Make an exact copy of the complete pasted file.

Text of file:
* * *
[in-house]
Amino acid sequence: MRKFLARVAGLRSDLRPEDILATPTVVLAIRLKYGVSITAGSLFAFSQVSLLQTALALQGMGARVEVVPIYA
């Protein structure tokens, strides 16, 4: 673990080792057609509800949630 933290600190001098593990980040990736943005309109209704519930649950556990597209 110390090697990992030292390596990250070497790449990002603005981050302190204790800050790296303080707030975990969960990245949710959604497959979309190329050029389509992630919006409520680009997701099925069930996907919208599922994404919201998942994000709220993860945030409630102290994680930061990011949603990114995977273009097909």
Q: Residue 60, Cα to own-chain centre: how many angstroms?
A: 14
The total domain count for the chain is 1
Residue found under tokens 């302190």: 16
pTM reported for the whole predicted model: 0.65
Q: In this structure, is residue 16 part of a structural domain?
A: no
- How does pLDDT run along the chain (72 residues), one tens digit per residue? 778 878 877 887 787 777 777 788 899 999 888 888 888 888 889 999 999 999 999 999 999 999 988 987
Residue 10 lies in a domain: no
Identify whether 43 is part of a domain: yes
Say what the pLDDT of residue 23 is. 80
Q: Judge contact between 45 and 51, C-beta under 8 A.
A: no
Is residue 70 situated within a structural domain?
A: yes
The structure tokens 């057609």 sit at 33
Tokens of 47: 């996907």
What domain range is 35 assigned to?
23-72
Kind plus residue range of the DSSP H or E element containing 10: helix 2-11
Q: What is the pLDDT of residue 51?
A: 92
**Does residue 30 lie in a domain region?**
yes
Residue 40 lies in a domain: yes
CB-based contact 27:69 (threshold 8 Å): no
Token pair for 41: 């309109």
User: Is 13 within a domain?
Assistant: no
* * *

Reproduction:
[in-house]
Amino acid sequence: MRKFLARVAGLRSDLRPEDILATPTVVLAIRLKYGVSITAGSLFAFSQVSLLQTALALQGMGARVEVVPIYA
């Protein structure tokens, strides 16, 4: 673990080792057609509800949630 933290600190001098593990980040990736943005309109209704519930649950556990597209 110390090697990992030292390596990250070497790449990002603005981050302190204790800050790296303080707030975990969960990245949710959604497959979309190329050029389509992630919006409520680009997701099925069930996907919208599922994404919201998942994000709220993860945030409630102290994680930061990011949603990114995977273009097909």
Q: Residue 60, Cα to own-chain centre: how many angstroms?
A: 14
The total domain count for the chain is 1
Residue found under tokens 């302190």: 16
pTM reported for the whole predicted model: 0.65
Q: In this structure, is residue 16 part of a structural domain?
A: no
- How does pLDDT run along the chain (72 residues), one tens digit per residue? 778 878 877 887 787 777 777 788 899 999 888 888 888 888 889 999 999 999 999 999 999 999 988 987
Residue 10 lies in a domain: no
Identify whether 43 is part of a domain: yes
Say what the pLDDT of residue 23 is. 80
Q: Judge contact between 45 and 51, C-beta under 8 A.
A: no
Is residue 70 situated within a structural domain?
A: yes
The structure tokens 């057609």 sit at 33
Tokens of 47: 């996907």
What domain range is 35 assigned to?
23-72
Kind plus residue range of the DSSP H or E element containing 10: helix 2-11
Q: What is the pLDDT of residue 51?
A: 92
**Does residue 30 lie in a domain region?**
yes
Residue 40 lies in a domain: yes
CB-based contact 27:69 (threshold 8 Å): no
Token pair for 41: 């309109």
User: Is 13 within a domain?
Assistant: no